Traveling with my dog in Ecuador
What a great time we had in Ecuador!
Note. It should be noted that in the first countries Cocaí was a pup (few kilos), reason why traveling was easier than now, that weighs between 22 and 24 kg (depending on if it gets fat).
We started from La Balsa, on the border with Peru, heading north to Cuenca. From Cuenca we went towards the coast, continuing in it until the north. Then we did Quito and part of the Andes. We flew to the Galapagos where we traveled for ten days (Cocaí stayed in Quito). We finished with a bit of jungle.
La Balsa – Vilcabamba – Loja – PN Podocarpus – Cuenca – PN Cajas – San Pablo – Montañita – Olón – Puerto López – PN Machalilla – Isla de la Plata – Puerto Cayo – Jipijapa – Canoa – Mompiche – Portete – Same – Atacames – Esmeraldas – San Lorenzo – Limones/Reserva Ecologica Manglares Cayapas Mataje – Quito – Otavalo – Laguna Cuicocha – Laguna de Mojanda – Mindo – Quito de vuelta – Islas Galápagos (Santa Cruz, Floreana, Isabela, San Cristóbal) – Quito nuevamente – PN Cotopaxi – Baños – Tena – Puerto Mishaualli – Quito.
LENGHT OF THE TRIP
We did most of the trip by bus, without major problems, although on several occasions we had to mourn a little so we both could travel in the passenger area. We traveled by bus from the border with Peru to Quito (except for a short stretch that we hitchhiked), and from Quito to Tena, and to Quito again completing the loop. In the coastal area it is quite easy, and we had practically no problems.
Alo? In the buses of the Ecuadorian coast everything is possible
With the arrival of my family, we rented a car for the first three or four days. We were not told anything about the company's policy not accepting pets. By car we visited Otavalo and its surroundings, and Mindo area.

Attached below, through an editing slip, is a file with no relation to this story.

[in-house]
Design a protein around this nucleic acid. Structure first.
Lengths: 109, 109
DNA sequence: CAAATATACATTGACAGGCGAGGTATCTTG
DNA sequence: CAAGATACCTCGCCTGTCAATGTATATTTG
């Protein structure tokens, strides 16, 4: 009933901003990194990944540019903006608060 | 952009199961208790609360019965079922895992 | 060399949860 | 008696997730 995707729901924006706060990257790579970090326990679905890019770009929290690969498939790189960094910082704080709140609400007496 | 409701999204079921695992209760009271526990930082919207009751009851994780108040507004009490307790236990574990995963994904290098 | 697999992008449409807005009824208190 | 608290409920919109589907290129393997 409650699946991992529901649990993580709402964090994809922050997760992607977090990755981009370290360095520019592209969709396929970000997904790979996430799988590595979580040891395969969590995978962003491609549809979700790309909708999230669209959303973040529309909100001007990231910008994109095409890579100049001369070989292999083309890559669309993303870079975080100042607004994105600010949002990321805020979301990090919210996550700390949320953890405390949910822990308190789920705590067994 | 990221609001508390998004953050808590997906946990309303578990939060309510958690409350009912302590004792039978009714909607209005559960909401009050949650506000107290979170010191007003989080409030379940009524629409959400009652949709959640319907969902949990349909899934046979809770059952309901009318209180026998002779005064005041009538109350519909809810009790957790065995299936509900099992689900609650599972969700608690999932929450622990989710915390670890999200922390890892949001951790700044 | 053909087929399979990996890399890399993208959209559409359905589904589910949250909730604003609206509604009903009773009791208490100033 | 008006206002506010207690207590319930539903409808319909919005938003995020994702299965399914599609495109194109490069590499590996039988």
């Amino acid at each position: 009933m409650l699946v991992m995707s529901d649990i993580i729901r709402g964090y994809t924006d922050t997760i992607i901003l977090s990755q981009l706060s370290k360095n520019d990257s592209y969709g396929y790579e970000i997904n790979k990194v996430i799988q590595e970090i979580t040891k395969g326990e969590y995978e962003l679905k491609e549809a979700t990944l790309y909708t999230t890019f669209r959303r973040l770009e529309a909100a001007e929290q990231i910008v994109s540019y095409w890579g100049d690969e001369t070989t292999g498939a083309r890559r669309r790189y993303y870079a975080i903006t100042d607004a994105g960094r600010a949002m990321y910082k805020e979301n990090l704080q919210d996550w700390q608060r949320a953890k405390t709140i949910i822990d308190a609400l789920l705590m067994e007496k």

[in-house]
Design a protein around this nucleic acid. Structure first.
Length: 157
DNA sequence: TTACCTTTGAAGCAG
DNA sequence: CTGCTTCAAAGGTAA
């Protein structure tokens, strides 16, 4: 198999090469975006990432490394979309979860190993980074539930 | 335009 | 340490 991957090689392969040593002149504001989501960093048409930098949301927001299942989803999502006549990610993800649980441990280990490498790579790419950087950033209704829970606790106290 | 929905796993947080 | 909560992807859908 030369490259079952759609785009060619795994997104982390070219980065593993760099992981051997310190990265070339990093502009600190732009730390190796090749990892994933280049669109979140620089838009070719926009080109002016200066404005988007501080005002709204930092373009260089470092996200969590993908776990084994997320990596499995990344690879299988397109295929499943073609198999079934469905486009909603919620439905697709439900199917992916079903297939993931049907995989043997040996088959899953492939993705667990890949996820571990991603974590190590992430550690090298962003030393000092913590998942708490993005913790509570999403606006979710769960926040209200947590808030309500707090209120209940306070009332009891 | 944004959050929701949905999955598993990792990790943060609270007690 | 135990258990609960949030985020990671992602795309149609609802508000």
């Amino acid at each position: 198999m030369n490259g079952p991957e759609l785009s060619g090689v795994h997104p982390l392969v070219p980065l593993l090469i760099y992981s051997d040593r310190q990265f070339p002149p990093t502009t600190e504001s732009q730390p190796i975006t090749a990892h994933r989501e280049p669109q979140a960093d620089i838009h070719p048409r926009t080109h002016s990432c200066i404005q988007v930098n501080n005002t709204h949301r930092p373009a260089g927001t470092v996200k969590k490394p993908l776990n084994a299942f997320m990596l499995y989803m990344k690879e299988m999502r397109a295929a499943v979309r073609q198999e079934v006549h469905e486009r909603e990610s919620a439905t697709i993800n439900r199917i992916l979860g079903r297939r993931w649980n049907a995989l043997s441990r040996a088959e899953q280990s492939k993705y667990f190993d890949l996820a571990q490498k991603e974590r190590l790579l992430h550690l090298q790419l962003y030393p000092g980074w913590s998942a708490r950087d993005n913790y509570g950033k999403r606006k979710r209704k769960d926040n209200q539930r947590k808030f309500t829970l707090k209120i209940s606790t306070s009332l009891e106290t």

Let’s hit the road!
To go to the Galapagos. Cocaí stayed at a canine training center in Quito. Note: tourists’ pets are not allowed in Galapagos Islands.
We flew from Quito to Lima on our way to Santiago de Chile to take the flight back to Spain. They did not ask me for out of the ordinary documents (passport/dog book, rabies vaccine, chip and deworming).
To visit a mangrove in the northern part of the coast (Manglares Cayapas Mataje Ecological Reserve). This area is very rural and very relaxed to travel. I bet even with a Saint Bernard would have been the same.
Taking a nap after a long day wallowing in the mud of the mangrove
There was a bit of everything.
Family / economic rooms: Loja, Cuenca, San Pablo, Jipijapa, Mompiche, Esmeraldas, San Lorenzo.
Rooms in Mompiche
Hotel/hostel: Cuenca (Hostal Azuaya), Quito (Hostal San Blas), Otavalo (Hostal Otavalo), Galápagos (Coqui did not come), Baños (La Petite Auberge: http://www.lapetiteauberge.banios.com/), Puerto Mishaualli (Yana Watsaru). In principle, I do not think it is a problem to find accommodation, but I would like to indicate some of the places we spent the night in. Especially the one in Quito, if it serves as an orientation to avoid getting lost in this great city, and because the workers were great with us. It is called Hostal San Blas and it is at Plaza San Blas (good location). The family that runs the hostel will be happy to welcome your dog. They have been rescuing dogs from the street and giving them home for years. On the other hand, Otavalo Hotel, in Otavalo, is also highly recommended, especially if you are traveling as a family or with a group of friends (double and quadruple rooms): no objections were raised on Coqui, it has a special charm, with colonial decoration, it is close to the Plaza de los Ponchos (Otavalo Market) and include an amazing breakfast.
Terrace inside Otavalo Hotel
Free camping: Podocarpus NP, Cajas NP, Montañita, Puerto López, Puerto Cayo, Canoa, Portete.
Camping in Montañita
Cabin: Jungle near Puerto Mishaualli (organized excursion to the jungle, there were no problems to take Cocaí).
Canine training center. Here Cocaí stayed while we were discovering marine iguanas, giant tortoises and other fauna in the Galapagos. For dog travelers interested in knowing this beautiful archipelago, this is a good place for your dog: https://www.winsdog.com/